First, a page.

Quicker core.async bootstrapping

Jan 24, 2015

Finding out why core.async adds 10s to my application's bootstrap time and how to remedy it


I have been working on an android application which uses a core.async based event bus at its core (a subject for a future post). This works fantastically, but takes an absolute age to load on first run - in the order of 20 seconds. This week I’ve spent some time trying to work out why that is and do something about it.

One of the main issues I came across was that when requiring core.async pulls in the massive clojure.tools.analyzer, even if it has been AOT (Ahead Of Time) compiled. This shouldn’t be necessary, because the analyzer is only used in macros and none of that code should be necessary at runtime as macroexpansion should already have taken place.

The reason it loads is that Clojure doesn’t have any separation between runtime code and macros when it comes to the usual method of declaring dependencies - the ns form. When clojure.core.async is required, which contains the go macro and friends, clojure.core.async.impl.ioc-macros needs to be pulled in so that it can work at compile time and as a result all the same namespaces get imported at runtime as well.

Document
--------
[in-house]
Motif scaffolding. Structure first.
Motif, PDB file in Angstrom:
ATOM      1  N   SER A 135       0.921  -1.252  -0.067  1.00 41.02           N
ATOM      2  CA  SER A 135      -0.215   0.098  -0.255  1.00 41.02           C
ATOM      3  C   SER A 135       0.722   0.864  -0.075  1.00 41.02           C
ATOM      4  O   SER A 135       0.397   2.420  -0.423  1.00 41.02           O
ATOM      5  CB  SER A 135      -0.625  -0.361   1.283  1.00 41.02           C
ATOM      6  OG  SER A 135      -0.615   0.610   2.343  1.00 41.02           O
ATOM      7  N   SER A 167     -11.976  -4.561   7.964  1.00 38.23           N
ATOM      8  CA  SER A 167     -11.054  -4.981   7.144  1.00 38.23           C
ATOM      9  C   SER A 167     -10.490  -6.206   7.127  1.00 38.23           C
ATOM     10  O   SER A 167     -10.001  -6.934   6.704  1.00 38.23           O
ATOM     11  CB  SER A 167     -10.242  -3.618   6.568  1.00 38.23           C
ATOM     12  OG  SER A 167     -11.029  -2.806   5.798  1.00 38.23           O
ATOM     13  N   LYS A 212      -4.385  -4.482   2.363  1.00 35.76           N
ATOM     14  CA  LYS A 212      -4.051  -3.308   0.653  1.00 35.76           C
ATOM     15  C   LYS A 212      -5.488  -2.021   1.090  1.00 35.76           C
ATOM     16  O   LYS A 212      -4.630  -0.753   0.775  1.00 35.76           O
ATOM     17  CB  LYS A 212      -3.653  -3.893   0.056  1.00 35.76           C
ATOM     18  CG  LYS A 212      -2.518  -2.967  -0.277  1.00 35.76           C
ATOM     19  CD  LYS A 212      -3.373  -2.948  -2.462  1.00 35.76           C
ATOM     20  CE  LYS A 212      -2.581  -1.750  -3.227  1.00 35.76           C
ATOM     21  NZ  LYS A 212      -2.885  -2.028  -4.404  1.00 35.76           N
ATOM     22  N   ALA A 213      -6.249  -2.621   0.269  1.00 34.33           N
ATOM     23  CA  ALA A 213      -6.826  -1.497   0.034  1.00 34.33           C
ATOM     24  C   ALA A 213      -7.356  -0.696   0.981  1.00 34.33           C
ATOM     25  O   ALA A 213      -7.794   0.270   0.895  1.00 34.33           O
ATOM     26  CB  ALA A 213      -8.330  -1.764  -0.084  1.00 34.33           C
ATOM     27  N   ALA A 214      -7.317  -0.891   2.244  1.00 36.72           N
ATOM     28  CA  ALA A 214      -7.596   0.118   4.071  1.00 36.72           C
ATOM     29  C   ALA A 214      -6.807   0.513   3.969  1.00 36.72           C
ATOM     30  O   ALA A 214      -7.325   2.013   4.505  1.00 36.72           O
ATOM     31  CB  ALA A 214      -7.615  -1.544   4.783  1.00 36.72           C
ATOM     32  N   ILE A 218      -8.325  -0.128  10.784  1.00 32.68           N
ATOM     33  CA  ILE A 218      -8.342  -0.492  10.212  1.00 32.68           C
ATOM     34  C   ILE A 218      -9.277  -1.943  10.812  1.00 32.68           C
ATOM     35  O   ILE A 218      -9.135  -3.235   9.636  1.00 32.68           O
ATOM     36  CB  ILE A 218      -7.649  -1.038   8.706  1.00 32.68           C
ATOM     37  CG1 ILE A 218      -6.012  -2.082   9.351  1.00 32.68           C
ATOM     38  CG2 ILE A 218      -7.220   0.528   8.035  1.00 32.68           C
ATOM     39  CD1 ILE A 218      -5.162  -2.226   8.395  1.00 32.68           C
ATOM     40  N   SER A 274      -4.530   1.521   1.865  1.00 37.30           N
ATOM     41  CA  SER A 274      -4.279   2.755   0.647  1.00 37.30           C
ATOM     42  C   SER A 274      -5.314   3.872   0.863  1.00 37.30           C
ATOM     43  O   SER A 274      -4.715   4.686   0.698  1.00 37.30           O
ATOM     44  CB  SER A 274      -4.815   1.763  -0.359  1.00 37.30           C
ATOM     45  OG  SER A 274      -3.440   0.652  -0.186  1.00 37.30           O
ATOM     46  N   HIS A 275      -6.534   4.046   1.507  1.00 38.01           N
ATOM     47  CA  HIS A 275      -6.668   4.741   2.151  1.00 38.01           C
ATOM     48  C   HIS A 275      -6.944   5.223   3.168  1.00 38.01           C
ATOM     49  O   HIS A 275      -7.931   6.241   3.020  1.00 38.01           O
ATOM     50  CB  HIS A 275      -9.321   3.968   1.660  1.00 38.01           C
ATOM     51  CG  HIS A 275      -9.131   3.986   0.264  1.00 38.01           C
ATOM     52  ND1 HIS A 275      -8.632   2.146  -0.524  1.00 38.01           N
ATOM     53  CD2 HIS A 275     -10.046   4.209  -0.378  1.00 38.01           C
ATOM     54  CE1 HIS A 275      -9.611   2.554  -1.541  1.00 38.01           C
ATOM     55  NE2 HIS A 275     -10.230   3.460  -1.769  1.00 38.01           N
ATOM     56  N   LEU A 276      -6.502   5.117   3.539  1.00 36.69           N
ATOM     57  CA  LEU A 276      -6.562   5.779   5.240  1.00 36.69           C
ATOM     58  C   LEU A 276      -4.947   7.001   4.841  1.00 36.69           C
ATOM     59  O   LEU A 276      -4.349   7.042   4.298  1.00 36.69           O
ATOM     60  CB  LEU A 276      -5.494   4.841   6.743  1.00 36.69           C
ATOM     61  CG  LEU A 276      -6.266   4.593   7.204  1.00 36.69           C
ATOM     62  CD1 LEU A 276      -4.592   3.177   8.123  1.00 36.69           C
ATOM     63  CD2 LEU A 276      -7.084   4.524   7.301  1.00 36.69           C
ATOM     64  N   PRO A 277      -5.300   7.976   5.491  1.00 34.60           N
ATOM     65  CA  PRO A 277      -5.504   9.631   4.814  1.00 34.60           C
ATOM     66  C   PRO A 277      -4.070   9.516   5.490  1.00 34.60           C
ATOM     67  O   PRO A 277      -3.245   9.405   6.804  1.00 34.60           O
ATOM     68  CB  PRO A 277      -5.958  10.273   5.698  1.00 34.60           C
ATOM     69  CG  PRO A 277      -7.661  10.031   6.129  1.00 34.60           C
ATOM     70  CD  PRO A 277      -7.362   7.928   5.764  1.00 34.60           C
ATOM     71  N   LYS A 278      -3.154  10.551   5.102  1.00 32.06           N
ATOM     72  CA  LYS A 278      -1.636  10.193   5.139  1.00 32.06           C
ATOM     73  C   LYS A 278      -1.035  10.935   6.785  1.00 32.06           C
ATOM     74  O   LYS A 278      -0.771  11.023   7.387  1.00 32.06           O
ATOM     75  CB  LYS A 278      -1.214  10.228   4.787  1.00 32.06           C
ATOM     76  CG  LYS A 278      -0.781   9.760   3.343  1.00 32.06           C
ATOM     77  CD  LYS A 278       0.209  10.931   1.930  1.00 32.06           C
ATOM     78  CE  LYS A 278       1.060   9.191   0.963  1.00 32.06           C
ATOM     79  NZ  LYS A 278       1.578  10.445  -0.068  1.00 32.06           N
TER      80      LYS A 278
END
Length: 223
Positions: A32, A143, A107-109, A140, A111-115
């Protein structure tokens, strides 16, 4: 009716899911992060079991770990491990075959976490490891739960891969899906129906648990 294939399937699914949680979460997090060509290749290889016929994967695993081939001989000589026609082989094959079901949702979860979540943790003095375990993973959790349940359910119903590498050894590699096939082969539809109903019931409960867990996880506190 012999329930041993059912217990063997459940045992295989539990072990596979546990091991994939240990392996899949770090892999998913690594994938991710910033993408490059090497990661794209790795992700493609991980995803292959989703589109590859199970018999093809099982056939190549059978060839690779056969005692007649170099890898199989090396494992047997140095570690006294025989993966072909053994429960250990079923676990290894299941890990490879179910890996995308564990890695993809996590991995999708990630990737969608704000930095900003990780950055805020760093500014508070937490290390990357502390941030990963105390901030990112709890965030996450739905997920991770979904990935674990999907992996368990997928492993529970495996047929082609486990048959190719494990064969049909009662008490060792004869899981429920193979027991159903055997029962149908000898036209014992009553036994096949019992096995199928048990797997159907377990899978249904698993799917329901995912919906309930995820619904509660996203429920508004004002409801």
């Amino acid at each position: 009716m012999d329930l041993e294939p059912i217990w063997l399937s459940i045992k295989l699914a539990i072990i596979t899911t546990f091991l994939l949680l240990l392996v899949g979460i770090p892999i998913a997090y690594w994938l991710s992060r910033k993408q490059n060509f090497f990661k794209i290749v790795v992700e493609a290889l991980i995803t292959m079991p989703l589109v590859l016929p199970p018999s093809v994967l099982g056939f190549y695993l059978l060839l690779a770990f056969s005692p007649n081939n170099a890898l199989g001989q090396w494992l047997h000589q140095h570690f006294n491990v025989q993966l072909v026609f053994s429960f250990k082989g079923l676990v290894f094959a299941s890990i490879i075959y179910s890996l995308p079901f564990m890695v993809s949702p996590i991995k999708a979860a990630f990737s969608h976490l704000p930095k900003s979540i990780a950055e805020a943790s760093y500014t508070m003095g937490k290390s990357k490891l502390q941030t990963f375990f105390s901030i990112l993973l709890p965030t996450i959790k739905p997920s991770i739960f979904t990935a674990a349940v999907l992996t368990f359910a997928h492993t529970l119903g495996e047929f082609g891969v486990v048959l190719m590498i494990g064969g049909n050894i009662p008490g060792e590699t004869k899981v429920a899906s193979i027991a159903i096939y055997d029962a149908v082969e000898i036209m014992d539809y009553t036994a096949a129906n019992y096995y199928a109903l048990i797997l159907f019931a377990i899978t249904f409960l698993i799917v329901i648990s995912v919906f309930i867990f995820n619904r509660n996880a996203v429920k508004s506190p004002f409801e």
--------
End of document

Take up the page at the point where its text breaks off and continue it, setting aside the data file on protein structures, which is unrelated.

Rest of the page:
My initial solution was to set ioc-macros to ^{:skip-aot true} in the namespace form, but its dependencies on tools.analyzer were still loading. Then I tried moving the require to compile time so that it wouldn’t resolve at run time at all:

(defmacro ignore-me-if-aotd [] 
  (require '[clojure.tools.analyzer :as an]
           '[clojure.tools.analyzer.ast :as ast]
           '[clojure.tools.analyzer.jvm :as an-jvm])


And this did the trick. The code compiles and runs without loading the tools.analyzer namespaces. As an added benefit, it doesn’t even generate class files for tools.analyzer and its transitive dependencies, cutting down on package size.


There is one remaining problem with this, and that’s REPL support. If you now attach a repl and try to evaluate a go block or any of the macros depending on this, it will fail. For the moment I have simply made two builds - one core.async.runtime and one core.async which I use for development and bear the startup time. Longer term however, I could potentially see a more solid solution where the require form is moved inside the (defmacro go ...) itself, allowing the dependencies to be packaged but not loaded unless needed. This would incur a little extra cost at compilation time and incur some complexity overhead as there might be more than one entry point to this code and backtracking what dependencies would be required isn’t totally trivial.

Future enhancements

Clojurescript doesn’t have this problem because its macros are separated by necessity, not having runtime code evaluation at all.

Ideally I would like to see something like Clojurescript’s (:require-macros ...) form in clojure, whose implementation simply added to a list of namespaces to require if anything tries to evaluate a macro and otherwise does nothing. There’s no reason I can think of that this couldn’t be totally compatible with Clojurescript’s require-macros form so that the same code could work in both situations without need for feature expressions.